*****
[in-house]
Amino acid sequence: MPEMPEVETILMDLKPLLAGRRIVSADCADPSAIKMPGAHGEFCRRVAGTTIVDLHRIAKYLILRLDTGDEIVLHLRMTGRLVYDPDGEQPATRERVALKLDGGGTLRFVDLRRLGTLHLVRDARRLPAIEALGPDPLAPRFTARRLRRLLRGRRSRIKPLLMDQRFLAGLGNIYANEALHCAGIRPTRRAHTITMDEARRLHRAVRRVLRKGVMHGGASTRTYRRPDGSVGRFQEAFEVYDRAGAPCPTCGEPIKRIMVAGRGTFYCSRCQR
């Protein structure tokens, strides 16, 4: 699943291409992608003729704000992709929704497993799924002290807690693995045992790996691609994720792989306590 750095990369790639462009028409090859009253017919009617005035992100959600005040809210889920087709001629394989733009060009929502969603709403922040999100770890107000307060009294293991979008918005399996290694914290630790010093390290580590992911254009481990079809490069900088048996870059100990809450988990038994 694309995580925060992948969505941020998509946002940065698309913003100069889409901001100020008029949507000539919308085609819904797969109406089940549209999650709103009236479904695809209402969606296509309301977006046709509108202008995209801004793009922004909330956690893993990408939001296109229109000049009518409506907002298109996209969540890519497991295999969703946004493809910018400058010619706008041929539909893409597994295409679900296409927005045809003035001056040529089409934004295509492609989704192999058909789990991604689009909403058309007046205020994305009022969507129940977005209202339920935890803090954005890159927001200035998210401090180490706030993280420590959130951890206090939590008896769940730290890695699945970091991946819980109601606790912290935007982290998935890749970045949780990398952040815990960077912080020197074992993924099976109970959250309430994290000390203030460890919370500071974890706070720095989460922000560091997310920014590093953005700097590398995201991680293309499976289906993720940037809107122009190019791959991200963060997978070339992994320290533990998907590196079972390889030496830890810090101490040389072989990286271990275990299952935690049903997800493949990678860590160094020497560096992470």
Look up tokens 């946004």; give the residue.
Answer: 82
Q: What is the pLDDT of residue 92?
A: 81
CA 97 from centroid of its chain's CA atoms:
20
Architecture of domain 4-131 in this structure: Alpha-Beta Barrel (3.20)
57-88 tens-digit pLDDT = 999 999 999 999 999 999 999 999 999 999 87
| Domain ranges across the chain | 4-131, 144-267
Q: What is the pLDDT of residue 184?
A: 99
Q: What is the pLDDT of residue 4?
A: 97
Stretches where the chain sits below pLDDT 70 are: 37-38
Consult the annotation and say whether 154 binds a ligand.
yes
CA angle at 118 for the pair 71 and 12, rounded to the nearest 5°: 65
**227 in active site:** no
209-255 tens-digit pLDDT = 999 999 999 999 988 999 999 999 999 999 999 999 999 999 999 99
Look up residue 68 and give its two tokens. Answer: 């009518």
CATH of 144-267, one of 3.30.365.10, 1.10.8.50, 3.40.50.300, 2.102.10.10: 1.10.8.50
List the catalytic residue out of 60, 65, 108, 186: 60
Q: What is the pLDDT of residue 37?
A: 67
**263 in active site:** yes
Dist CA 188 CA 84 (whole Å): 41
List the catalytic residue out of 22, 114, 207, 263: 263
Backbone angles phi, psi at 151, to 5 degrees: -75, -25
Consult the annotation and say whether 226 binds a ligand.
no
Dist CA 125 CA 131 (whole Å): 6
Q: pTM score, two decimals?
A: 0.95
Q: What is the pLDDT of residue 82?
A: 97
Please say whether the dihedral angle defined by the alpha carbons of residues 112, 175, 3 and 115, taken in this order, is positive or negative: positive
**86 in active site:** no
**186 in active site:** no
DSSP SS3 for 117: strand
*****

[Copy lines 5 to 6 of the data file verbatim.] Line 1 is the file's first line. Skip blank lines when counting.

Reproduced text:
Answer: 82
Q: What is the pLDDT of residue 92?